The pedagogical students who joined in the class agreed that the first aid course was the shortest course. However, they found it to be the most practical and useful knowledge they had acquired during their four years of university. They learned internationally standardized first aid skills such as wound dressing, CPR, insect bites, burns.
Mr. Pham Tuan Nghia, who attended the class with his two children, shared his thoughts: “The class was excellent. It helped students understand the principles of first aid, prioritize and handle injuries, and position victims (conscious and unconscious), as well as CPR.”
Devin Kurtis Bond (from the United States), the only international student in the class, expressed his interest in topics such as dealing with choking, food poisoning, bleeding, excessive bleeding, arterial bleeding, and shock recognition. Additionally, topics like burns, bone injuries, soft tissue injuries, treating various types of bites, and poisoning were also covered. He also mentioned electrical accidents, drowning, and how to escape from crowded situations, stampedes, and fires.
Young Tin, a 3rd-grade student, kept asking his father, “When will we have a first aid class for us?” (class specifically designed for children under 10 years old). Three children enjoyed practicing first aid on dolls (infants). It seemed like learning together with adults make them proud of themselves. They also had the opportunity to prove that they were not inferior to their parents and other classmates.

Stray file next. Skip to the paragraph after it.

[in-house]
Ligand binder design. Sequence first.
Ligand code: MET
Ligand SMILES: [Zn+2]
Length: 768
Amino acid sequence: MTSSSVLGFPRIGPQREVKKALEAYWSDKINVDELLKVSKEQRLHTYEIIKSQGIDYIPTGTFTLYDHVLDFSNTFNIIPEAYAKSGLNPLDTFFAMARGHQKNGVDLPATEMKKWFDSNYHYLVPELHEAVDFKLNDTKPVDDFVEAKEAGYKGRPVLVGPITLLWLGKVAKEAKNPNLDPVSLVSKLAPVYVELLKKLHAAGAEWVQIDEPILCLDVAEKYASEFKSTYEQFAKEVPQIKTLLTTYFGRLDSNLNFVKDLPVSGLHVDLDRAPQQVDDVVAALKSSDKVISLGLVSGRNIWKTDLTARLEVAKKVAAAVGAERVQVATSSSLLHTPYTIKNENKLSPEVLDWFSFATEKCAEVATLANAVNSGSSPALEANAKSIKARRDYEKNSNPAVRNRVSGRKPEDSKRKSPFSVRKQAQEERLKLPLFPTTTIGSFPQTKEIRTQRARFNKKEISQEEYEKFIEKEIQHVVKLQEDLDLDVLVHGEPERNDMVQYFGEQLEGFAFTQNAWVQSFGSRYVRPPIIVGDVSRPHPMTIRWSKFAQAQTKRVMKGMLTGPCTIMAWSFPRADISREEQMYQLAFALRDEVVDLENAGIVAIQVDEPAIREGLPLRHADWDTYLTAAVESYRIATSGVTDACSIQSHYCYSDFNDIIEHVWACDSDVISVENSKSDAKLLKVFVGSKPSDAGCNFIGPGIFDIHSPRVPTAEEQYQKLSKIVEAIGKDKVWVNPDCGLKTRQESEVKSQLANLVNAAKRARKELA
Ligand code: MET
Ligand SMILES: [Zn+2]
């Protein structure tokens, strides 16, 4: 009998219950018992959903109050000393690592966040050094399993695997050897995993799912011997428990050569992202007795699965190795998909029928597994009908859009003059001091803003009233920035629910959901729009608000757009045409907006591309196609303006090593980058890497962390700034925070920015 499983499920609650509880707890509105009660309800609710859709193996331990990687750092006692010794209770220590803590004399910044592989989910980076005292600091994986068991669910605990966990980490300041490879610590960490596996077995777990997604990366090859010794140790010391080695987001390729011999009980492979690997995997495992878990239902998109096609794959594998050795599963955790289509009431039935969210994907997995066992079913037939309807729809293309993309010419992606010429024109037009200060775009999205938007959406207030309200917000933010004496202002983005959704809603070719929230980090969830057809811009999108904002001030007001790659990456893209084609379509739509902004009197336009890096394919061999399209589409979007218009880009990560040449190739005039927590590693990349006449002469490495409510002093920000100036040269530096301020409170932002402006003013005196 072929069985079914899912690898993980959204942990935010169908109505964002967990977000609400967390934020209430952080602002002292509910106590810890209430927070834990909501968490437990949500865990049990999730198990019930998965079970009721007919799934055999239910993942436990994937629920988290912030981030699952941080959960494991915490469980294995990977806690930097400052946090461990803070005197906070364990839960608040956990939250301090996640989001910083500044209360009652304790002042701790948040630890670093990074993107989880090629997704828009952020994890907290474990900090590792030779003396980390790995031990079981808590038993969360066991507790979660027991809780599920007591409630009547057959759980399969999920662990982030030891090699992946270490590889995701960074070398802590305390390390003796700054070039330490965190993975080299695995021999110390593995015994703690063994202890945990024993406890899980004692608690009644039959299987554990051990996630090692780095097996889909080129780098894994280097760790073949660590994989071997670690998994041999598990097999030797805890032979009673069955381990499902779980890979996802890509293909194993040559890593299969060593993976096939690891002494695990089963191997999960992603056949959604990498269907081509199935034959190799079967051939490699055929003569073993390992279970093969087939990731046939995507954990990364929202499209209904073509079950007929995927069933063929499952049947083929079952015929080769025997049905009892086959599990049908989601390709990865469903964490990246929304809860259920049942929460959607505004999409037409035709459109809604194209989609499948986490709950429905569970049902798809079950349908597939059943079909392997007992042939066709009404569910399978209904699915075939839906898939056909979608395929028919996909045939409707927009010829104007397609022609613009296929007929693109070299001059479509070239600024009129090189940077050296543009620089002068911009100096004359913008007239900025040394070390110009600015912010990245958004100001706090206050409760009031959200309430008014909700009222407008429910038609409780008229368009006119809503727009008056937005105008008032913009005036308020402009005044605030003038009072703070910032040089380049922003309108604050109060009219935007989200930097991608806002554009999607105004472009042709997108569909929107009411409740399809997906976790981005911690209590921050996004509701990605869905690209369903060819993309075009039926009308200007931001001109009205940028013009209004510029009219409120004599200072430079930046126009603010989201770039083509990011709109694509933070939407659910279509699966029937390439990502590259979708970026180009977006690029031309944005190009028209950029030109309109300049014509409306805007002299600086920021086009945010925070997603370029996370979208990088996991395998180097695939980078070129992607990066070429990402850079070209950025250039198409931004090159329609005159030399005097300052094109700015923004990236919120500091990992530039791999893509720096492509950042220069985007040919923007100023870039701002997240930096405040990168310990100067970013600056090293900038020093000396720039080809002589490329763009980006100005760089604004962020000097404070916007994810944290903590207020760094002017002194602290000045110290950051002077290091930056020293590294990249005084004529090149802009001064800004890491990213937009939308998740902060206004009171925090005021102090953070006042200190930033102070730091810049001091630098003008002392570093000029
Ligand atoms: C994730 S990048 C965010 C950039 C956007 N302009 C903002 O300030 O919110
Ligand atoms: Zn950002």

Practical “benefits” gained from participating in the escape and first aid class
Initially, I thought the class would be boring. However, as soon as I entered the classroom, I was captivated by the vivid practical exercises and the laughter of the participants, despite the age gap of up to three generations.
During the course, we role-played as victims in specific scenarios. The purpose was to visualize the first aid steps easily. Before the victims were taken to the hospital for treatment, we only had a short time to provide immediate first aid. Otherwise, the consequences would be severe. After the class, many participants still stayed and discussed what they had learned.
At the end of the course, the participants were awarded a “Certificate of Completion for Basic First Aid and Cardiopulmonary Resuscitation (CPR) Training.” Along with it, each participant received a “First Aid and Escape Instruction Handbook” Level 1 with beautiful and vivid illustrations. After attending the class, I realized its full value.
I hope to see more classes and similar programs organized by SSVN. Its scope should extend beyond Ho Chi Minh City and cover the entire country. I wish every child in Vietnam could be like the 9-year-old child in the class. After completing the course, this child can confidently perform first aid.
These are the reflections and feedback from the attendees in escape and first aid training organized by the social enterprise SSVN. If you have any questions related to first aid courses and knowledge, don’t hestitate to contact us at 0773051902. SSVN is ready to support and answer your inquiries immediately.
Learn more about SSVN: https://survivalskills.vn/